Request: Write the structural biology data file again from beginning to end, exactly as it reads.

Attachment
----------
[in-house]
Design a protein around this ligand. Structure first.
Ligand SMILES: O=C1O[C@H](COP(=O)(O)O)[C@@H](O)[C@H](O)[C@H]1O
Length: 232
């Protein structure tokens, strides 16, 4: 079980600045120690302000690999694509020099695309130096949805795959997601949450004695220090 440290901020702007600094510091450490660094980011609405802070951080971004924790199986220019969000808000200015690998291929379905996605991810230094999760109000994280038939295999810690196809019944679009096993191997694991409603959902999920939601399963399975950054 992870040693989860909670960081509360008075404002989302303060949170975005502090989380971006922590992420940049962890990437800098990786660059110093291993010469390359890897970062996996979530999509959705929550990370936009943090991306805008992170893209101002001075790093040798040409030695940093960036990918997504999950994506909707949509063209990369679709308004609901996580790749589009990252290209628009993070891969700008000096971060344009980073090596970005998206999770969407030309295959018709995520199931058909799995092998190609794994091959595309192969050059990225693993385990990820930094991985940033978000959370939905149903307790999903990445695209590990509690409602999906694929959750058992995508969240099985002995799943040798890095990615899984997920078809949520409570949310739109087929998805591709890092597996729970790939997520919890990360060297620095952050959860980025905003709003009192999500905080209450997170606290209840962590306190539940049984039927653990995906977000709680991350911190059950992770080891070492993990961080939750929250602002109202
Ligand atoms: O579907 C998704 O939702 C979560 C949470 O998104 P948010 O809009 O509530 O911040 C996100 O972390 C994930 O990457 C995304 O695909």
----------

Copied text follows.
[in-house]
Design a protein around this ligand. Structure first.
Ligand SMILES: O=C1O[C@H](COP(=O)(O)O)[C@@H](O)[C@H](O)[C@H]1O
Length: 232
């Protein structure tokens, strides 16, 4: 079980600045120690302000690999694509020099695309130096949805795959997601949450004695220090 440290901020702007600094510091450490660094980011609405802070951080971004924790199986220019969000808000200015690998291929379905996605991810230094999760109000994280038939295999810690196809019944679009096993191997694991409603959902999920939601399963399975950054 992870040693989860909670960081509360008075404002989302303060949170975005502090989380971006922590992420940049962890990437800098990786660059110093291993010469390359890897970062996996979530999509959705929550990370936009943090991306805008992170893209101002001075790093040798040409030695940093960036990918997504999950994506909707949509063209990369679709308004609901996580790749589009990252290209628009993070891969700008000096971060344009980073090596970005998206999770969407030309295959018709995520199931058909799995092998190609794994091959595309192969050059990225693993385990990820930094991985940033978000959370939905149903307790999903990445695209590990509690409602999906694929959750058992995508969240099985002995799943040798890095990615899984997920078809949520409570949310739109087929998805591709890092597996729970790939997520919890990360060297620095952050959860980025905003709003009192999500905080209450997170606290209840962590306190539940049984039927653990995906977000709680991350911190059950992770080891070492993990961080939750929250602002109202
Ligand atoms: O579907 C998704 O939702 C979560 C949470 O998104 P948010 O809009 O509530 O911040 C996100 O972390 C994930 O990457 C995304 O695909």